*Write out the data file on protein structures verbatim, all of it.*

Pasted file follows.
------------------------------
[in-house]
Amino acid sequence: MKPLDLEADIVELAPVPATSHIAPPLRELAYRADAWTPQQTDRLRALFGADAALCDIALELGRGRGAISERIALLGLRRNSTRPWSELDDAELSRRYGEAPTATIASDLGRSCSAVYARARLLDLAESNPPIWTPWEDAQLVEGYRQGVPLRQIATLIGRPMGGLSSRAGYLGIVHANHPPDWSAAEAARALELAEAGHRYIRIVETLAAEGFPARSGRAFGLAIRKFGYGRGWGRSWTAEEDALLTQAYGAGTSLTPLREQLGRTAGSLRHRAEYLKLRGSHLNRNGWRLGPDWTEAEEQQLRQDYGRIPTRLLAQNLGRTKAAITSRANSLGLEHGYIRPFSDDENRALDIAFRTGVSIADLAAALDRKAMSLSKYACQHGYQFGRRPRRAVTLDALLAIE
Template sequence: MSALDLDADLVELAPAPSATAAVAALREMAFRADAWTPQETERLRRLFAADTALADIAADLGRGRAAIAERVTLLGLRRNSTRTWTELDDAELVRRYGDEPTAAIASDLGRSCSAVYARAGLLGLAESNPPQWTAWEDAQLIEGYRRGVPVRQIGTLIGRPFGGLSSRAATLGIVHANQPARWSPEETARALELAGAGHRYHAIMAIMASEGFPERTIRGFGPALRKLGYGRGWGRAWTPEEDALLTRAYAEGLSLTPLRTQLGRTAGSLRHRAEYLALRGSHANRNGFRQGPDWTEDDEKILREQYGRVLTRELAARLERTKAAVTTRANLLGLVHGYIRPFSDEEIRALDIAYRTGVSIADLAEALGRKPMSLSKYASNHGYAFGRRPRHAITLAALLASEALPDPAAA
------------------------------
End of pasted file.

[in-house]
Amino acid sequence: MKPLDLEADIVELAPVPATSHIAPPLRELAYRADAWTPQQTDRLRALFGADAALCDIALELGRGRGAISERIALLGLRRNSTRPWSELDDAELSRRYGEAPTATIASDLGRSCSAVYARARLLDLAESNPPIWTPWEDAQLVEGYRQGVPLRQIATLIGRPMGGLSSRAGYLGIVHANHPPDWSAAEAARALELAEAGHRYIRIVETLAAEGFPARSGRAFGLAIRKFGYGRGWGRSWTAEEDALLTQAYGAGTSLTPLREQLGRTAGSLRHRAEYLKLRGSHLNRNGWRLGPDWTEAEEQQLRQDYGRIPTRLLAQNLGRTKAAITSRANSLGLEHGYIRPFSDDENRALDIAFRTGVSIADLAAALDRKAMSLSKYACQHGYQFGRRPRRAVTLDALLAIE
Template sequence: MSALDLDADLVELAPAPSATAAVAALREMAFRADAWTPQETERLRRLFAADTALADIAADLGRGRAAIAERVTLLGLRRNSTRTWTELDDAELVRRYGDEPTAAIASDLGRSCSAVYARAGLLGLAESNPPQWTAWEDAQLIEGYRRGVPVRQIGTLIGRPFGGLSSRAATLGIVHANQPARWSPEETARALELAGAGHRYHAIMAIMASEGFPERTIRGFGPALRKLGYGRGWGRAWTPEEDALLTRAYAEGLSLTPLRTQLGRTAGSLRHRAEYLALRGSHANRNGFRQGPDWTEDDEKILREQYGRVLTRELAARLERTKAAVTTRANLLGLVHGYIRPFSDEEIRALDIAYRTGVSIADLAEALGRKPMSLSKYASNHGYAFGRRPRHAITLAALLASEALPDPAAA